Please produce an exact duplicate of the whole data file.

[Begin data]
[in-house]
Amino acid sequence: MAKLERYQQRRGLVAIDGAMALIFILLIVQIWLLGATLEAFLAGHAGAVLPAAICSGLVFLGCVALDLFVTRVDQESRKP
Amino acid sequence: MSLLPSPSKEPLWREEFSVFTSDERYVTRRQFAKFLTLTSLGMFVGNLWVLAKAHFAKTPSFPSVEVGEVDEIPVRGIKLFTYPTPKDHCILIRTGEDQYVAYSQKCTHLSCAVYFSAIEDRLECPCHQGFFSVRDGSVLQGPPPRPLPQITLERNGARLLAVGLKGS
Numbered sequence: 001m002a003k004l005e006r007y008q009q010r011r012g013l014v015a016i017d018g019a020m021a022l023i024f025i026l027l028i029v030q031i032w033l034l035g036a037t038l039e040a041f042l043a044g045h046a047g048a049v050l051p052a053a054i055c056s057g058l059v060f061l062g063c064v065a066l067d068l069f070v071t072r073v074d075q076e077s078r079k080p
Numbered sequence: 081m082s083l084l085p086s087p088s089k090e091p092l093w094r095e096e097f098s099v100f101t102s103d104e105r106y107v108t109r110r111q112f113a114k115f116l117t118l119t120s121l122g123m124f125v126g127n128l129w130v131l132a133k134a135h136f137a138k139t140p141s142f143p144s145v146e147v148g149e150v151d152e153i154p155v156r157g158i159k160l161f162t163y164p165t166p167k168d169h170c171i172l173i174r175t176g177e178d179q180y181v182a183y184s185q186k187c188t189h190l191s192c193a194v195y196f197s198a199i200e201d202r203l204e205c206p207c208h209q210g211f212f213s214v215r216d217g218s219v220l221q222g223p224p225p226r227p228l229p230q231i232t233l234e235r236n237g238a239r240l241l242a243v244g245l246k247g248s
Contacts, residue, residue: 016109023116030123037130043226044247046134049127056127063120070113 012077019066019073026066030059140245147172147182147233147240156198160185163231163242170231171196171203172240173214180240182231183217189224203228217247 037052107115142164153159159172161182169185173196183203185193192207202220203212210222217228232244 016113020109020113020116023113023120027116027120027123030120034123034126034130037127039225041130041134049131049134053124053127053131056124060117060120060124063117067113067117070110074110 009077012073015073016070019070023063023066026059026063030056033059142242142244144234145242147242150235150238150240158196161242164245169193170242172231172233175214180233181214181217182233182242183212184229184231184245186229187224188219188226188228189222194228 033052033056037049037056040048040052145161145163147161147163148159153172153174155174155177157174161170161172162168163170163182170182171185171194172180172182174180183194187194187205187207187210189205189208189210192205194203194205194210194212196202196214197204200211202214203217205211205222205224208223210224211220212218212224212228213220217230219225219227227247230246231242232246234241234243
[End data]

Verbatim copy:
[in-house]
Amino acid sequence: MAKLERYQQRRGLVAIDGAMALIFILLIVQIWLLGATLEAFLAGHAGAVLPAAICSGLVFLGCVALDLFVTRVDQESRKP
Amino acid sequence: MSLLPSPSKEPLWREEFSVFTSDERYVTRRQFAKFLTLTSLGMFVGNLWVLAKAHFAKTPSFPSVEVGEVDEIPVRGIKLFTYPTPKDHCILIRTGEDQYVAYSQKCTHLSCAVYFSAIEDRLECPCHQGFFSVRDGSVLQGPPPRPLPQITLERNGARLLAVGLKGS
Numbered sequence: 001m002a003k004l005e006r007y008q009q010r011r012g013l014v015a016i017d018g019a020m021a022l023i024f025i026l027l028i029v030q031i032w033l034l035g036a037t038l039e040a041f042l043a044g045h046a047g048a049v050l051p052a053a054i055c056s057g058l059v060f061l062g063c064v065a066l067d068l069f070v071t072r073v074d075q076e077s078r079k080p
Numbered sequence: 081m082s083l084l085p086s087p088s089k090e091p092l093w094r095e096e097f098s099v100f101t102s103d104e105r106y107v108t109r110r111q112f113a114k115f116l117t118l119t120s121l122g123m124f125v126g127n128l129w130v131l132a133k134a135h136f137a138k139t140p141s142f143p144s145v146e147v148g149e150v151d152e153i154p155v156r157g158i159k160l161f162t163y164p165t166p167k168d169h170c171i172l173i174r175t176g177e178d179q180y181v182a183y184s185q186k187c188t189h190l191s192c193a194v195y196f197s198a199i200e201d202r203l204e205c206p207c208h209q210g211f212f213s214v215r216d217g218s219v220l221q222g223p224p225p226r227p228l229p230q231i232t233l234e235r236n237g238a239r240l241l242a243v244g245l246k247g248s
Contacts, residue, residue: 016109023116030123037130043226044247046134049127056127063120070113 012077019066019073026066030059140245147172147182147233147240156198160185163231163242170231171196171203172240173214180240182231183217189224203228217247 037052107115142164153159159172161182169185173196183203185193192207202220203212210222217228232244 016113020109020113020116023113023120027116027120027123030120034123034126034130037127039225041130041134049131049134053124053127053131056124060117060120060124063117067113067117070110074110 009077012073015073016070019070023063023066026059026063030056033059142242142244144234145242147242150235150238150240158196161242164245169193170242172231172233175214180233181214181217182233182242183212184229184231184245186229187224188219188226188228189222194228 033052033056037049037056040048040052145161145163147161147163148159153172153174155174155177157174161170161172162168163170163182170182171185171194172180172182174180183194187194187205187207187210189205189208189210192205194203194205194210194212196202196214197204200211202214203217205211205222205224208223210224211220212218212224212228213220217230219225219227227247230246231242232246234241234243